Keiro Resident and Board Member Opposes Sale of Facilities




A Keiro Retirement Home resident and board member, Hayahiko Takase, 85, announced his opposition to Keiro Senior HealthCare’s sale of its facilities.

Takase is one of the 28 members of Keiro’s three boards of directors, and he is one of the few Shin-Issei.

Takase came to the United States as an architect with Kajima Corporation in 1964. During his time in Little Tokyo, first with Kajima and then with his own firm, Takase Associates, he designed the Kajima Building, Higashi Hongwanji Buddhist Temple, the New Otani Hotel, the Miyako Hotel, and more. His designs continue to leave their mark on the Japanese American community.

Hayahiko Takase

Hayahiko Takase

When Takase joined the Keiro Retirement Home board in 2000, he did it because he believed in Keiro’s mission. In the past 15 years, he has had input on many important issues facing Keiro, including several building additions and renovations. His wife, Sumiko, 78, spent her career as an interior designer for Kajima Corporation, and she contributed to Keiro as well.

Last August, the Takases moved from Woodland Hills to the Keiro Retirement Home after five years on the waiting list. Their children and grandchildren, who live in New Jersey, were relieved to know that their parents had found a safe place to spend the rest of their lives.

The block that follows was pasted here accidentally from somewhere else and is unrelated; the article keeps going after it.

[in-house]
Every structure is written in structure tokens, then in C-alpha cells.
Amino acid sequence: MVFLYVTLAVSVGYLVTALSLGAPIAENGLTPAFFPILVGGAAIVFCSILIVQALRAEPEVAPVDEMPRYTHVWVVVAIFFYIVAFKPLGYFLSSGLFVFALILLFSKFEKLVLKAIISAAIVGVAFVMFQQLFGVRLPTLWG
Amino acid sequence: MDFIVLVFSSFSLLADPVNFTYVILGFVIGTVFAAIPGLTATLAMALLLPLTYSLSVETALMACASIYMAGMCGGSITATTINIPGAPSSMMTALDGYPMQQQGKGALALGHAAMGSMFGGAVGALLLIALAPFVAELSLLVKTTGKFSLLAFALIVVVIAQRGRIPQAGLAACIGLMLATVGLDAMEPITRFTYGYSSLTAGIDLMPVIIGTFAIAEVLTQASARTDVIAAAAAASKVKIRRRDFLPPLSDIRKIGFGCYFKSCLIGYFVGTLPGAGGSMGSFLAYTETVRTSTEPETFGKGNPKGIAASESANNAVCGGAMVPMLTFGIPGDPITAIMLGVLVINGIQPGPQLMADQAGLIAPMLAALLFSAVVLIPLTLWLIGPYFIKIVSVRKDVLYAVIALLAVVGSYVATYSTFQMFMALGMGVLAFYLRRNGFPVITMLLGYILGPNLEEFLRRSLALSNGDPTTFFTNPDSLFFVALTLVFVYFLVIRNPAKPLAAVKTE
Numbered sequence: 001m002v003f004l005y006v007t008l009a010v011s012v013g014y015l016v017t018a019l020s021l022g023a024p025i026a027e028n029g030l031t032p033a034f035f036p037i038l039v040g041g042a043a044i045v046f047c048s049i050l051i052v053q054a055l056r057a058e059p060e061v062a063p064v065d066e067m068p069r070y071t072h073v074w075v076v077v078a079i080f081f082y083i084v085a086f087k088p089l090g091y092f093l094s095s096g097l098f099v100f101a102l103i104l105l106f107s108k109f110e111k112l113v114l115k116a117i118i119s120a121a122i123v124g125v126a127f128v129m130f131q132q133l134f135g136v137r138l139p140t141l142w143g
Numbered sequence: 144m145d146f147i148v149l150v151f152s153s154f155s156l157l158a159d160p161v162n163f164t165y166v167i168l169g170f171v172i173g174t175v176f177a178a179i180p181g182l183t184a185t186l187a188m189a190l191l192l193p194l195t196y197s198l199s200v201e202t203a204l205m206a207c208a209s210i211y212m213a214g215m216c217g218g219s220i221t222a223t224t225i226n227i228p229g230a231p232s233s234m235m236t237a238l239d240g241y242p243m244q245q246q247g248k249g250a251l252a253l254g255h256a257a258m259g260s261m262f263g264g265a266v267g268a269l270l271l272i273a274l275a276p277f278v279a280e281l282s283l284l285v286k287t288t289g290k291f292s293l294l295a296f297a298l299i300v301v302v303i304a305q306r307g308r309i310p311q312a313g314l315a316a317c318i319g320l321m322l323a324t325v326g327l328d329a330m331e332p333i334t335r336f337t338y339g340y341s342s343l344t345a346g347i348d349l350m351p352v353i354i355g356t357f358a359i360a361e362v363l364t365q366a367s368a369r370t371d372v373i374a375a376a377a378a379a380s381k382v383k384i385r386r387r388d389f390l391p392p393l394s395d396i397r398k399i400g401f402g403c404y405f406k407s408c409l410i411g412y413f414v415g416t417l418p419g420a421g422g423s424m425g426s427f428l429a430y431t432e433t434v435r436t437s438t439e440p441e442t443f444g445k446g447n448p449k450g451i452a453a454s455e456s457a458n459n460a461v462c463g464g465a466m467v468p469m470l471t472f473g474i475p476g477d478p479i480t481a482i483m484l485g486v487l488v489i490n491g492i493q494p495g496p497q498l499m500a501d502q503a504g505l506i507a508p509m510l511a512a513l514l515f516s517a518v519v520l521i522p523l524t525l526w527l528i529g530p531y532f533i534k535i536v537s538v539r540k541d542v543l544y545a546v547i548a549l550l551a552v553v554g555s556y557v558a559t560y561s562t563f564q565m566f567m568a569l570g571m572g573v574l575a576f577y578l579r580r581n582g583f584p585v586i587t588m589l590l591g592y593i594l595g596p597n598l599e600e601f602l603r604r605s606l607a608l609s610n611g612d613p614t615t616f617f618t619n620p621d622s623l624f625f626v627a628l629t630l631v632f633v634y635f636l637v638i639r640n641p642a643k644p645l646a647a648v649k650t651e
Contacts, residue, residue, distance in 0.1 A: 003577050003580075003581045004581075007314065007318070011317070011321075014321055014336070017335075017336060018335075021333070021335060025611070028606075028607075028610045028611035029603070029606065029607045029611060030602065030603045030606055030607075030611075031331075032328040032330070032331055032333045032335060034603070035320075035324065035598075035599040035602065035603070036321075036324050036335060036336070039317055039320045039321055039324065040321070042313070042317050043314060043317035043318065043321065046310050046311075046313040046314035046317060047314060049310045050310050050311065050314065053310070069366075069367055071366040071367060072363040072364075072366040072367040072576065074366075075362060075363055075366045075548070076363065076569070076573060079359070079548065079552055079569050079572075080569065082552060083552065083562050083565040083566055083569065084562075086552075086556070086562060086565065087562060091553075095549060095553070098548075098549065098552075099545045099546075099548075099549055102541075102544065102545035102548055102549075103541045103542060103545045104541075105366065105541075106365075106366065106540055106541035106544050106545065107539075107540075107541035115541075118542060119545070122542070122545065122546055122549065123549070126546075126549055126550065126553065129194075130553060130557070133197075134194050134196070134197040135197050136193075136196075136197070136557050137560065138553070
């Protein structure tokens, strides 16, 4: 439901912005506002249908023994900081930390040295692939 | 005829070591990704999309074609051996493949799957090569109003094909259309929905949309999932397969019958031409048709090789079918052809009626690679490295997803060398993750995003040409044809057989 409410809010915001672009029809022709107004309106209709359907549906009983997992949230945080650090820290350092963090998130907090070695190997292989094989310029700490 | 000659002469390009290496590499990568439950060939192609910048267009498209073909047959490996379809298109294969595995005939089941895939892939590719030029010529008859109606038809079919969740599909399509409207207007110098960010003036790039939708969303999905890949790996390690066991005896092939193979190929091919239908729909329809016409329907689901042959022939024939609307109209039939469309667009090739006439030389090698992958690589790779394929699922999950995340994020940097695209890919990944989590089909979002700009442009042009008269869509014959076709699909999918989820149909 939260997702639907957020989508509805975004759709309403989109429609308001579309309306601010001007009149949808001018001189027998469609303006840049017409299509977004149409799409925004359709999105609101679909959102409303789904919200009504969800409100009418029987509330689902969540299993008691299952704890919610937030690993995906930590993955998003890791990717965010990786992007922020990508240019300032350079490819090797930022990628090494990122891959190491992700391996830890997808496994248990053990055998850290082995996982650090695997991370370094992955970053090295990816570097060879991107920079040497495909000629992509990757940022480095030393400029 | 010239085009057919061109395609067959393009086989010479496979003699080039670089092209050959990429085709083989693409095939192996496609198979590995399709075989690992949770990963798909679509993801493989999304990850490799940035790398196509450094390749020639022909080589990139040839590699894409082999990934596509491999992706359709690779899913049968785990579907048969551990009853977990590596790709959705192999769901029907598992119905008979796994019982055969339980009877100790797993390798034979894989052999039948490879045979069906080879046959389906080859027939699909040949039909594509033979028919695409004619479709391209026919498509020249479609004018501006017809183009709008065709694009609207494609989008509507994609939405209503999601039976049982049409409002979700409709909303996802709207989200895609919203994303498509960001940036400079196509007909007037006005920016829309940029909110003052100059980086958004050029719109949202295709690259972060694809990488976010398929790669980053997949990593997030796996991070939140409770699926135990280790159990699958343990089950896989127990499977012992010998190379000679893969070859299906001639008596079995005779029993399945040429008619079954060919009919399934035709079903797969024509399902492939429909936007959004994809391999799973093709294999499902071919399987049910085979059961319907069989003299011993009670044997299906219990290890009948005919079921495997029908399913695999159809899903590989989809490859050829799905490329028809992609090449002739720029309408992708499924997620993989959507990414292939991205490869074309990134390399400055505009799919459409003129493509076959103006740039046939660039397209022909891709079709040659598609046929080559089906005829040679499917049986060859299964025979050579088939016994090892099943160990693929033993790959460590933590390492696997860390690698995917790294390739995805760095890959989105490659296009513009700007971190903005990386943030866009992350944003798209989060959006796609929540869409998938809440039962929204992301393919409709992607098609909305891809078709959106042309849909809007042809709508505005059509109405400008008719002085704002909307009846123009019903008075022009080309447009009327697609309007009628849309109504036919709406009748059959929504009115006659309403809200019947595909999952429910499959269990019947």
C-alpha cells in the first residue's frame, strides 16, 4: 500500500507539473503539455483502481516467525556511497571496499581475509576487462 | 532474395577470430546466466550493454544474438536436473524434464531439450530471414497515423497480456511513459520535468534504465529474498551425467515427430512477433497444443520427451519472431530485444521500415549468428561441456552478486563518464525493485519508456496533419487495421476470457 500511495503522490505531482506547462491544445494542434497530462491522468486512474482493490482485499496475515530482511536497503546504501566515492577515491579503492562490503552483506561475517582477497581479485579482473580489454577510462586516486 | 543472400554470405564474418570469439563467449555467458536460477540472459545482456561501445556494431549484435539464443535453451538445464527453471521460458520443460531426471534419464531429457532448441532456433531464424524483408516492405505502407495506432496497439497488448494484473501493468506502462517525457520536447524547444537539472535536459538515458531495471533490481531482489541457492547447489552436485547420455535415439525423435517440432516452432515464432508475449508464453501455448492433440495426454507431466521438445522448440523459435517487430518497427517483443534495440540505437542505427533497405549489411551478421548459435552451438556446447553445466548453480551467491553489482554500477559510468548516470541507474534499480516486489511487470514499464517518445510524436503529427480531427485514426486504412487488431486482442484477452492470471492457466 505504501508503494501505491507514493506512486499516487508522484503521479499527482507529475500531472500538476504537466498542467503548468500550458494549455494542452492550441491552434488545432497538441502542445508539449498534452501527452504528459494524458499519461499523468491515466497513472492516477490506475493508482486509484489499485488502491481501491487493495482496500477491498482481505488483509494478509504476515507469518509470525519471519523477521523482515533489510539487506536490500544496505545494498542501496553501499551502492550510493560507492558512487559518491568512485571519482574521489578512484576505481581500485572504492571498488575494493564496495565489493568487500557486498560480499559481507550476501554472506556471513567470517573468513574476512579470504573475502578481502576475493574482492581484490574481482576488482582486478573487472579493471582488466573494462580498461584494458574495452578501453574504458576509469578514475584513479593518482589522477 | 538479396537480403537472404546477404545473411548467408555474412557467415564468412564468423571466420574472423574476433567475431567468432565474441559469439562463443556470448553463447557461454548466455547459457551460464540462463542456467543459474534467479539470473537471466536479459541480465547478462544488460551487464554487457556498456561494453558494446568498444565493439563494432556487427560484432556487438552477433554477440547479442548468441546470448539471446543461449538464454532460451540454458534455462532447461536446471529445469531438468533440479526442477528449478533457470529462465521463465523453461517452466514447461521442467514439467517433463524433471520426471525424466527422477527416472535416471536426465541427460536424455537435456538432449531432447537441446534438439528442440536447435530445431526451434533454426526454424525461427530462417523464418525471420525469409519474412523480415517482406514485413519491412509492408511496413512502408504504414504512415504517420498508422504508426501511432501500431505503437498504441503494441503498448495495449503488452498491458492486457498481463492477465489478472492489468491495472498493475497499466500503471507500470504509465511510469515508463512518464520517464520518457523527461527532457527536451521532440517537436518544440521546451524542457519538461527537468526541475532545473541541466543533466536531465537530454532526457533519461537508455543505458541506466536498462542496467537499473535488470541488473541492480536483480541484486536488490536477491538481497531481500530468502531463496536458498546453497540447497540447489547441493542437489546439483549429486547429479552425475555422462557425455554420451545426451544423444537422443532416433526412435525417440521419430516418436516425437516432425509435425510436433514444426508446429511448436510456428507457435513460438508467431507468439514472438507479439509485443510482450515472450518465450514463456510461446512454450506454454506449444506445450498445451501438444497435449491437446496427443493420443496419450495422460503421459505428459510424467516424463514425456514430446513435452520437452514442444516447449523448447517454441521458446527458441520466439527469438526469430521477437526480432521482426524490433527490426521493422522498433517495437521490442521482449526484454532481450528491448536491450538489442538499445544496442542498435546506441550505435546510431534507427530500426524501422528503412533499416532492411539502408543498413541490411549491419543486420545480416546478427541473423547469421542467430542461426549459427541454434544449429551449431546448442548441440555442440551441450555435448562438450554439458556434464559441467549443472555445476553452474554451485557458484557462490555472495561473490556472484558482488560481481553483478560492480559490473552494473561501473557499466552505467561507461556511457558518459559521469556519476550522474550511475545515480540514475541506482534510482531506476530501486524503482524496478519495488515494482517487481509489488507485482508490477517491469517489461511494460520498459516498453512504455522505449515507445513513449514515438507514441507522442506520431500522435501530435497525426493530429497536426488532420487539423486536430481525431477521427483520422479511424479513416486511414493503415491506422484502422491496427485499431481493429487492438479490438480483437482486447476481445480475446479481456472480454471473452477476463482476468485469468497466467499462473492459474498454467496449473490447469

However, when the couple moved into the retirement home, Sumiko did not know that Keiro had already begun making plans to sell its facilities. Her husband was on the board and participated in all board meetings, but because of his age, he has begun having problems with memory. He said that although the sale was discussed at board meetings, he doesn’t remember hearing detailed information.

“I wasn’t in favor of the sale, but I thought there was nothing I could do about it,” he said. “Now I am against it. If this decision is being made based on the belief that Sansei and Yonsei don’t need a place like Keiro, that seems like an irresponsible decision. Without Keiro, what other choice do Nikkei people have?”

Although Takase can’t clearly remember everything that was discussed about the sale at board meetings, what he said, or how he voted, he is certain of his feelings now. He said that is why he decided to come forward and speak to the media.

“This is his way of taking action,” said his wife.

Sumiko also feels that Keiro needs to reconsider its decision to sell. She sympathizes with the Ad Hoc Committee to Save Keiro and has added her name to their petition.

The Ad Hoc Committee will hold its next open meeting on Monday, Nov. 23, at 7 p.m. at the Aratani Theatre in Little Tokyo.


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